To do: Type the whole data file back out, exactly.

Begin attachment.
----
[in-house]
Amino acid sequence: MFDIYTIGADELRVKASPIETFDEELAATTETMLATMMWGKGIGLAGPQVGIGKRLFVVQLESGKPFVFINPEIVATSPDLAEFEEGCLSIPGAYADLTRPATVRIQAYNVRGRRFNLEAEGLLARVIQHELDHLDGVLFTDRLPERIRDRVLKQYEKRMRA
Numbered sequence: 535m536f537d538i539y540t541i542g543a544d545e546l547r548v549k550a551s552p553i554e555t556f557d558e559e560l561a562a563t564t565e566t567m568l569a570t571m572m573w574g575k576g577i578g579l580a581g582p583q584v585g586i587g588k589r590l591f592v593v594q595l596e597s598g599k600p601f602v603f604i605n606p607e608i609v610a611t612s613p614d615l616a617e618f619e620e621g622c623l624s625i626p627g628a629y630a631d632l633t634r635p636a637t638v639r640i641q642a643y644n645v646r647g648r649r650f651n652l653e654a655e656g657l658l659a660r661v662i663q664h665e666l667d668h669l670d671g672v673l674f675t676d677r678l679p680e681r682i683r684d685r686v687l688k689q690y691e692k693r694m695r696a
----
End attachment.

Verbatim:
[in-house]
Amino acid sequence: MFDIYTIGADELRVKASPIETFDEELAATTETMLATMMWGKGIGLAGPQVGIGKRLFVVQLESGKPFVFINPEIVATSPDLAEFEEGCLSIPGAYADLTRPATVRIQAYNVRGRRFNLEAEGLLARVIQHELDHLDGVLFTDRLPERIRDRVLKQYEKRMRA
Numbered sequence: 535m536f537d538i539y540t541i542g543a544d545e546l547r548v549k550a551s552p553i554e555t556f557d558e559e560l561a562a563t564t565e566t567m568l569a570t571m572m573w574g575k576g577i578g579l580a581g582p583q584v585g586i587g588k589r590l591f592v593v594q595l596e597s598g599k600p601f602v603f604i605n606p607e608i609v610a611t612s613p614d615l616a617e618f619e620e621g622c623l624s625i626p627g628a629y630a631d632l633t634r635p636a637t638v639r640i641q642a643y644n645v646r647g648r649r650f651n652l653e654a655e656g657l658l659a660r661v662i663q664h665e666l667d668h669l670d671g672v673l674f675t676d677r678l679p680e681r682i683r684d685r686v687l688k689q690y691e692k693r694m695r696a